Limits...
Structure-function analysis of the 5' end of yeast U1 snRNA highlights genetic interactions with the Msl5*Mud2 branchpoint-binding complex and other spliceosome assembly factors.

Schwer B, Chang J, Shuman S - Nucleic Acids Res. (2013)

Bottom Line: Structure-guided mutagenesis of Msl5 distinguished four essential amino acids that contact the BP sequence from nine other BP-binding residues that are inessential.We report new synthetic genetic interactions of the U1 snRNP with Msl5 and Mud2 and with the nuclear cap-binding subunit Cbc2.Our results fortify the idea that spliceosome assembly can occur via distinct genetically buffered microscopic pathways involving cross-intron-bridging interactions of the U1 snRNP•5'SS complex with the Mud2•Msl5•BP complex.

View Article: PubMed Central - PubMed

Affiliation: Microbiology and Immunology Department, Weill Cornell Medical College, New York, NY 10065, USA and Molecular Biology Program, Sloan-Kettering Institute, New York, NY 10065, USA.

ABSTRACT
Yeast pre-mRNA splicing initiates via formation of a complex comprising U1 snRNP bound at the 5' splice site (5'SS) and the Msl5•Mud2 heterodimer engaged at the branchpoint (BP). Here, we present a mutational analysis of the U1 snRNA, which shows that although enlarging the 5' leader between the TMG cap and the (3)ACUUAC(8) motif that anneals to the 5'SS is tolerated, there are tight constraints on the downstream spacer between (3)ACUUAC(8) and helix 1 of the U1 fold. We exploit U1 alleles with 5' extensions, variations in the (3)ACUUAC(8) motif, downstream mutations and a longer helix 1 to discover new intra-snRNP synergies with U1 subunits Nam8 and Mud1 and the trimethylguanosine (TMG) cap. We describe novel mutations in U1 snRNA that bypass the essentiality of the DEAD-box protein Prp28. Structure-guided mutagenesis of Msl5 distinguished four essential amino acids that contact the BP sequence from nine other BP-binding residues that are inessential. We report new synthetic genetic interactions of the U1 snRNP with Msl5 and Mud2 and with the nuclear cap-binding subunit Cbc2. Our results fortify the idea that spliceosome assembly can occur via distinct genetically buffered microscopic pathways involving cross-intron-bridging interactions of the U1 snRNP•5'SS complex with the Mud2•Msl5•BP complex.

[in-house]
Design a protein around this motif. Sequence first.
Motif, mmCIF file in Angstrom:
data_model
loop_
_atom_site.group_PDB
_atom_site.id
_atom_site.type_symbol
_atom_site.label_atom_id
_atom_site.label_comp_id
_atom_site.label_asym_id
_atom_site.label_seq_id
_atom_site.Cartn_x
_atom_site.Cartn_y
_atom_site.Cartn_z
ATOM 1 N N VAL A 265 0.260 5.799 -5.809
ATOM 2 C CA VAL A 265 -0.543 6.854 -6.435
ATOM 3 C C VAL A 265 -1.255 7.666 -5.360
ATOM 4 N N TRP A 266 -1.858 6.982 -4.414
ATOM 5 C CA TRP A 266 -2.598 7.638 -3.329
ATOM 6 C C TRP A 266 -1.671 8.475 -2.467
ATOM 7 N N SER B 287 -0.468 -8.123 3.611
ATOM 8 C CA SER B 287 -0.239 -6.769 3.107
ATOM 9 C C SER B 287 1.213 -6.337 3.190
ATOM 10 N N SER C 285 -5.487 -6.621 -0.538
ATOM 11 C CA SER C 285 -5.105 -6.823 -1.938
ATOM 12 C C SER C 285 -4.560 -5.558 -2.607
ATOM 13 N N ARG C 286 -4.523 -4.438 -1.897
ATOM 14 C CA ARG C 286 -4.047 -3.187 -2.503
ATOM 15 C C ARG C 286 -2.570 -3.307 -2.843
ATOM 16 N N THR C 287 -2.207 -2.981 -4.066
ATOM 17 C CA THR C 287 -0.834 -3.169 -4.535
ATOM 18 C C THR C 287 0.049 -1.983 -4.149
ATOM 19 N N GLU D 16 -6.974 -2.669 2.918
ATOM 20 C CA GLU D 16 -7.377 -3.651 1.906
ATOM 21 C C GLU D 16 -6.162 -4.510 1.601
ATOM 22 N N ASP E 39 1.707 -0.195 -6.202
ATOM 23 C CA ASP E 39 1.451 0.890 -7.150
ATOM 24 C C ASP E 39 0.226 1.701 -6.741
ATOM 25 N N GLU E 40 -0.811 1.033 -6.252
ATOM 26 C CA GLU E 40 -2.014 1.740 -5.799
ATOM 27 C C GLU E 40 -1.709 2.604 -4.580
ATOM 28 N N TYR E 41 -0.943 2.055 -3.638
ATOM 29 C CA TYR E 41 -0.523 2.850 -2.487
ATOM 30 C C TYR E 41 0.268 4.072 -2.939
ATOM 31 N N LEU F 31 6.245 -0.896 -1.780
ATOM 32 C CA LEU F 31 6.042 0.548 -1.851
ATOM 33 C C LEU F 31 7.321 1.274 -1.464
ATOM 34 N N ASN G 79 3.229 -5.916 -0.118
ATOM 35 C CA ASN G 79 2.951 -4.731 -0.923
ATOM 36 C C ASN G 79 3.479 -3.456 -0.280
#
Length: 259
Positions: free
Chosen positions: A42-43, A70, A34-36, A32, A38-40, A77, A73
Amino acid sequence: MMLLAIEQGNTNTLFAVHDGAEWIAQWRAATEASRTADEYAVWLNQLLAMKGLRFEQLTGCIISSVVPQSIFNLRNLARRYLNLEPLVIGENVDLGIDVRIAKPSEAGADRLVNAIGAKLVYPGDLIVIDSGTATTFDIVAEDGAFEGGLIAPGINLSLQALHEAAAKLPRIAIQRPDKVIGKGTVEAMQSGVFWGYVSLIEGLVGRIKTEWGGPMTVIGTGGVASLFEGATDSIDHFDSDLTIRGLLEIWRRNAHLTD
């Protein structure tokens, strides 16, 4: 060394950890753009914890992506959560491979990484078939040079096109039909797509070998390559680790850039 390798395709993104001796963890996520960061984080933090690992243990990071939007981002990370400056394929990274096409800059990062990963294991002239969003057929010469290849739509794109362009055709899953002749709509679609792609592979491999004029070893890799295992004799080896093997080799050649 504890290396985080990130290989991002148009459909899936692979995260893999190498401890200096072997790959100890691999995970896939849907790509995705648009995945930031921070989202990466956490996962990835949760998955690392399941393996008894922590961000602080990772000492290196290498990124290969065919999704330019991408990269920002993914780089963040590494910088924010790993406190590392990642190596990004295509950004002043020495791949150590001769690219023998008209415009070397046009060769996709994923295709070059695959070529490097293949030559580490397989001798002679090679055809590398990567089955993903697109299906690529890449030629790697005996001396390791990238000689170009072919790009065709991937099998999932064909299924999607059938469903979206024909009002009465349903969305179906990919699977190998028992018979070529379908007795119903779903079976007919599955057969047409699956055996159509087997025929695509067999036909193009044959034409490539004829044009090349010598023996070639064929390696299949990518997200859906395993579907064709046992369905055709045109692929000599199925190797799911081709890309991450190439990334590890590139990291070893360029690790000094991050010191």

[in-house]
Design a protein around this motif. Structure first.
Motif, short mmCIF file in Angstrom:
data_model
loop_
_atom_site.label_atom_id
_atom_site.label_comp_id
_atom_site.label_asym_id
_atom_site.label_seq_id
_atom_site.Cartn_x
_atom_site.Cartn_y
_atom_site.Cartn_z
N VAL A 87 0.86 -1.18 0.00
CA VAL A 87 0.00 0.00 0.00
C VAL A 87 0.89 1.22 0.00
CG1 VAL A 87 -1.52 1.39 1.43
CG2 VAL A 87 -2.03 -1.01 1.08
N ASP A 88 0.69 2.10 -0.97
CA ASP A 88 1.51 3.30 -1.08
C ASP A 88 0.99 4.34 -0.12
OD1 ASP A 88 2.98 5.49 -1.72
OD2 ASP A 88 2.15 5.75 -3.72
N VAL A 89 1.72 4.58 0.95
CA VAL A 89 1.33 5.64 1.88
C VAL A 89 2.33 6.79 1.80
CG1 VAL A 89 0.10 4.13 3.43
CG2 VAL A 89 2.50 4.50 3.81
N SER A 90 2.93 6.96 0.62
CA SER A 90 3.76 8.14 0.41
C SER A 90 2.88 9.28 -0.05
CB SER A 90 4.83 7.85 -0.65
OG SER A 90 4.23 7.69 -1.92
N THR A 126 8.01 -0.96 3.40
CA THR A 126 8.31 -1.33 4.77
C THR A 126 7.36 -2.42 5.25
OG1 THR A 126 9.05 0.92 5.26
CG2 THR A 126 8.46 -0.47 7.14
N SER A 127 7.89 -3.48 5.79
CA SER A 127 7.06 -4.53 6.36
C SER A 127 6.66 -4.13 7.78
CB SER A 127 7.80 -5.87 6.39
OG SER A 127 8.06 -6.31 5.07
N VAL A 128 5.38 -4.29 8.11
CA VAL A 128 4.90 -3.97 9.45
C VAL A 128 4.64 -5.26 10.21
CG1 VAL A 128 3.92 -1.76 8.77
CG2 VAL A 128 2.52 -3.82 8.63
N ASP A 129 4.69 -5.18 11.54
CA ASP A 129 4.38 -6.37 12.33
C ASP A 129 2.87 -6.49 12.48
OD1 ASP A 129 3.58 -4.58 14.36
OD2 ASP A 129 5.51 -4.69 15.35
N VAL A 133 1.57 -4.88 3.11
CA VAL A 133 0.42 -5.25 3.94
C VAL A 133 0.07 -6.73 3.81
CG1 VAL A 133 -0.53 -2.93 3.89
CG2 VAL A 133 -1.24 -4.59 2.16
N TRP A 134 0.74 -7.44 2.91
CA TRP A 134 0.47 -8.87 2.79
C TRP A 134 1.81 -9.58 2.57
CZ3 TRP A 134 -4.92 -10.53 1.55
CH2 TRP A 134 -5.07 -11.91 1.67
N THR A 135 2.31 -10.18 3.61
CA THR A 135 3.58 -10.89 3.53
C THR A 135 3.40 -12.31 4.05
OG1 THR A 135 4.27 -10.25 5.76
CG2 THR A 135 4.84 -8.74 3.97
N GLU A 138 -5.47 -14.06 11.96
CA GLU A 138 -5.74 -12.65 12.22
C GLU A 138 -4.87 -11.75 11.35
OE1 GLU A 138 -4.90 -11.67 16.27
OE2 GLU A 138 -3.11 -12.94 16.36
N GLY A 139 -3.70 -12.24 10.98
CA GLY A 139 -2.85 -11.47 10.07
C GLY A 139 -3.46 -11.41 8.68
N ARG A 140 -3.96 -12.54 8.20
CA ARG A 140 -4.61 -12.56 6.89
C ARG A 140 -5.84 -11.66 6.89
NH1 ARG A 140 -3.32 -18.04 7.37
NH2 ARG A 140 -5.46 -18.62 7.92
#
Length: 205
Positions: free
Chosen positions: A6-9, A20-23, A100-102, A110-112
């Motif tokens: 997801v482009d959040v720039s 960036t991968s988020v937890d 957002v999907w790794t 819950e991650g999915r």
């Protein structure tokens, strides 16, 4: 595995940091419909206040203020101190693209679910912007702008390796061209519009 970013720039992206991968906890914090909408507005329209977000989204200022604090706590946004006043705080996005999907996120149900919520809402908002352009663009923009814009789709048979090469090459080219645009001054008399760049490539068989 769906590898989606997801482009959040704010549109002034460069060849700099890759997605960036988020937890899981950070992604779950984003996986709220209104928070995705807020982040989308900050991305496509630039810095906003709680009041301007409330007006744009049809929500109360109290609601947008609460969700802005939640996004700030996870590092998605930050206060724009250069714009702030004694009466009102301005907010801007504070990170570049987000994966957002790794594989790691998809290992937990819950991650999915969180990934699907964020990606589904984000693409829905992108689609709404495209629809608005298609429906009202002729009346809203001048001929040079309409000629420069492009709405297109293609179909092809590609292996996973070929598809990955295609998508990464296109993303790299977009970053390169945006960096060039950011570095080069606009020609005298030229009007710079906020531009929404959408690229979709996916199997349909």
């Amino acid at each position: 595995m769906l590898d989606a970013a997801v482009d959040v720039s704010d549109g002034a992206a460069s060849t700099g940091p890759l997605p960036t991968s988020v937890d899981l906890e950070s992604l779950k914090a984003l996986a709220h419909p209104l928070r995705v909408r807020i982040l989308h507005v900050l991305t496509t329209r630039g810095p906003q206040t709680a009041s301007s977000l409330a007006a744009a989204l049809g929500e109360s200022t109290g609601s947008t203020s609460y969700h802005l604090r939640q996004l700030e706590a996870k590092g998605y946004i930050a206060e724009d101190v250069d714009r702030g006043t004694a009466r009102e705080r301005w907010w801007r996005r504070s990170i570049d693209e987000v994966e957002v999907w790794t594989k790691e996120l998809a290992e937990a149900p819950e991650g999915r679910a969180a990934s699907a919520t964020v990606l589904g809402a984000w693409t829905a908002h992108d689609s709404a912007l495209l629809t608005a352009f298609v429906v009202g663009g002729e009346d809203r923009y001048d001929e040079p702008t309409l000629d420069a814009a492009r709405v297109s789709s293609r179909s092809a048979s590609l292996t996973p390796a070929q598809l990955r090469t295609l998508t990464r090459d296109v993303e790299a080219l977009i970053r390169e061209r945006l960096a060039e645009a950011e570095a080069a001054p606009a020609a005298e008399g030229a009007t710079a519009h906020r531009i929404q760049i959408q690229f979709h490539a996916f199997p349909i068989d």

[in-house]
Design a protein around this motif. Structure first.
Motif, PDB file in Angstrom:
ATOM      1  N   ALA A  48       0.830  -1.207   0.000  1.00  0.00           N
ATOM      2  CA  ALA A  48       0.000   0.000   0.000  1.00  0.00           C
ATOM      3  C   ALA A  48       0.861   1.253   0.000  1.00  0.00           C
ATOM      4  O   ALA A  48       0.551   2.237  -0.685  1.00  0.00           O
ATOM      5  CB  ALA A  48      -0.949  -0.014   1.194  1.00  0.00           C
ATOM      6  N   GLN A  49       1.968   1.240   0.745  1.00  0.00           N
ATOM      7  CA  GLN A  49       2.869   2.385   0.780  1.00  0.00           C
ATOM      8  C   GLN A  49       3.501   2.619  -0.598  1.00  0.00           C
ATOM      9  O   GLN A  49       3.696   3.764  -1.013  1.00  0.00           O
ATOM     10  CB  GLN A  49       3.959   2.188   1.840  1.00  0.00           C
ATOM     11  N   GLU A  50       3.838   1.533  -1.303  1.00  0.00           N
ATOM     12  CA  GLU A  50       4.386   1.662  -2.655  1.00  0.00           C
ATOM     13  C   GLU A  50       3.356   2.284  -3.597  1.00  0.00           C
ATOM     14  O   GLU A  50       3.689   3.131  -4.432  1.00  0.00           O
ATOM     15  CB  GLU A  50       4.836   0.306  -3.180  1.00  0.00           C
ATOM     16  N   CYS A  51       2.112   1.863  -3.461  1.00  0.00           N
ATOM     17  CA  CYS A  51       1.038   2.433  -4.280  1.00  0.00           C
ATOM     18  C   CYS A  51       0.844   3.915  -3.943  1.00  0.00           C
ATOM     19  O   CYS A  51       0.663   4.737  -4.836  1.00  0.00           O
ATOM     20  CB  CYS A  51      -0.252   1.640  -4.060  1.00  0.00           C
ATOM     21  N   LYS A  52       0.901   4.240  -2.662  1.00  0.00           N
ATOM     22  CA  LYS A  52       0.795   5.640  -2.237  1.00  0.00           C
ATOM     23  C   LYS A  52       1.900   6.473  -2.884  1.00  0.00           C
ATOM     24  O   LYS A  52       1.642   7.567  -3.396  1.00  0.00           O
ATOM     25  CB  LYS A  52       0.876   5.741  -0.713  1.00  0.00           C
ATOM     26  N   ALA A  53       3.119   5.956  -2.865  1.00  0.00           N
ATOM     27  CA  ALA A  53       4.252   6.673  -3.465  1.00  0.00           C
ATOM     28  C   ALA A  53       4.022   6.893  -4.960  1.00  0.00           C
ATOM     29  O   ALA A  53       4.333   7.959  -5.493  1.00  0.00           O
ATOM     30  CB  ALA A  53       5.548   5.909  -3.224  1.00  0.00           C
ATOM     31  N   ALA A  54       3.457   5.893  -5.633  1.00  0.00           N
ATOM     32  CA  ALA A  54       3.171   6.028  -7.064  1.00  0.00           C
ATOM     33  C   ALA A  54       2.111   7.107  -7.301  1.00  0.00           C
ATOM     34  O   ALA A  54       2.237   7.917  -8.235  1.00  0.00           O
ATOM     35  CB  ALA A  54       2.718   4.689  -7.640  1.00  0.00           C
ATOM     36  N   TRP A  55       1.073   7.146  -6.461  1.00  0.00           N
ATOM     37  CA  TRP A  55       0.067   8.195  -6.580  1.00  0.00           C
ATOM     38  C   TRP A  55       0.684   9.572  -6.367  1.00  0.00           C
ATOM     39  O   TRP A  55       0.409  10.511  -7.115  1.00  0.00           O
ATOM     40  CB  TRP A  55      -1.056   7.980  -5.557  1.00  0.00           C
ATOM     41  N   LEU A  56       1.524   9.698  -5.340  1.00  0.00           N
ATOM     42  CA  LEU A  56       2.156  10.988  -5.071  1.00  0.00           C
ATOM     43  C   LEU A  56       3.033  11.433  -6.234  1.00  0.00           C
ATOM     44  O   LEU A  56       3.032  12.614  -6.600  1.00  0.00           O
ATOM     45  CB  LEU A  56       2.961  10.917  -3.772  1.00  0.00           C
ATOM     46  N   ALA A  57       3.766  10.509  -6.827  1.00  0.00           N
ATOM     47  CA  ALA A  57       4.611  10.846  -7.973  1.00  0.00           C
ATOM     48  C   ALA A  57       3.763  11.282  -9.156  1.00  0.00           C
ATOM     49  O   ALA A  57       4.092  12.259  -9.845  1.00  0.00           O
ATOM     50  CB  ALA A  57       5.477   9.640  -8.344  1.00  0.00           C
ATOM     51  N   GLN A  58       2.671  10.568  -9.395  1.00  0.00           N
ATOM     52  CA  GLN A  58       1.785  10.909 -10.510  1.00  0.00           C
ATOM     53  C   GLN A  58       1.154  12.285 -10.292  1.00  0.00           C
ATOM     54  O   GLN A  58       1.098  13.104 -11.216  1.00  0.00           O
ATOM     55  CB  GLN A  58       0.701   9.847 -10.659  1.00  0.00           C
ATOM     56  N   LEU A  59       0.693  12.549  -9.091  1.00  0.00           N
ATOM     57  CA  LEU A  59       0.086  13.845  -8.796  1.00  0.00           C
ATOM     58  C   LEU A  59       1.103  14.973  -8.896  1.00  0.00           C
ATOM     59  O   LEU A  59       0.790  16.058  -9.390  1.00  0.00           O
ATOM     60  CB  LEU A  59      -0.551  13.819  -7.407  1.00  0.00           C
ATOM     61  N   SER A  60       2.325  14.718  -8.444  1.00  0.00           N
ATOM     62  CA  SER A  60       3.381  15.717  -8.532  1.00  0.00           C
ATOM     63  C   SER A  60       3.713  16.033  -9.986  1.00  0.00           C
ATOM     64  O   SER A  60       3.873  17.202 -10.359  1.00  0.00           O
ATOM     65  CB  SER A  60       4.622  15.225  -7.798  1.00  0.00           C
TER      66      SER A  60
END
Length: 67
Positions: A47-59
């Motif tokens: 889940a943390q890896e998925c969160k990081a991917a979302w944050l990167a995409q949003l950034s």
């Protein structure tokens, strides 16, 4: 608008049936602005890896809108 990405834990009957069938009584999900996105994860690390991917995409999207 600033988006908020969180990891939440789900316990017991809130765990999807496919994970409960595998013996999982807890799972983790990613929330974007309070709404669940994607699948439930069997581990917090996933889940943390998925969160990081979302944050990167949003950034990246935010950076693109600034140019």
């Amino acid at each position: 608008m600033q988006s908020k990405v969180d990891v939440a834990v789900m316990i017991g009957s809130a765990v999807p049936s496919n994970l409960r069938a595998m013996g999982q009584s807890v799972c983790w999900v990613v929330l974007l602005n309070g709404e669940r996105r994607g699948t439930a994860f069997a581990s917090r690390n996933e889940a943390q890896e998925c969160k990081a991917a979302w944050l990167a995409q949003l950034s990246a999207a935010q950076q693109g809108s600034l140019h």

Show MeSH
Effects of insertions immediately downstream of the 3ACUUAC8 sequence. The DNA sequences are shown for the 5′ ends of WT U1 and the mutant variants [+1], [+3], etc., named according to the number of nucleotides inserted between positions C8 and C9. The 3ACTTAC8 segment that pairs with the intron 5′SS is highlighted in gray. The [+5], [+10], [+20] and [+30] mutants failed to complement U1Δ in a plasmid shuffle assay and were deemed lethal. The viable U1-[+1] and U1-[+3] strains were spot-tested for growth at the indicated temperatures in parallel with WT cells as per Figure 1B, except that the plates were incubated for 5 d at 25, 20 and 18°C. The synthetic lethal interactions of the U1-[+1] and U1-[+3] mutants are indicated at the bottom of the figure.
© Copyright Policy - creative-commons
Related In: Results  -  Collection

License
getmorefigures.php?uid=PMC3753624&req=5

gkt490-F3: Effects of insertions immediately downstream of the 3ACUUAC8 sequence. The DNA sequences are shown for the 5′ ends of WT U1 and the mutant variants [+1], [+3], etc., named according to the number of nucleotides inserted between positions C8 and C9. The 3ACTTAC8 segment that pairs with the intron 5′SS is highlighted in gray. The [+5], [+10], [+20] and [+30] mutants failed to complement U1Δ in a plasmid shuffle assay and were deemed lethal. The viable U1-[+1] and U1-[+3] strains were spot-tested for growth at the indicated temperatures in parallel with WT cells as per Figure 1B, except that the plates were incubated for 5 d at 25, 20 and 18°C. The synthetic lethal interactions of the U1-[+1] and U1-[+3] mutants are indicated at the bottom of the figure.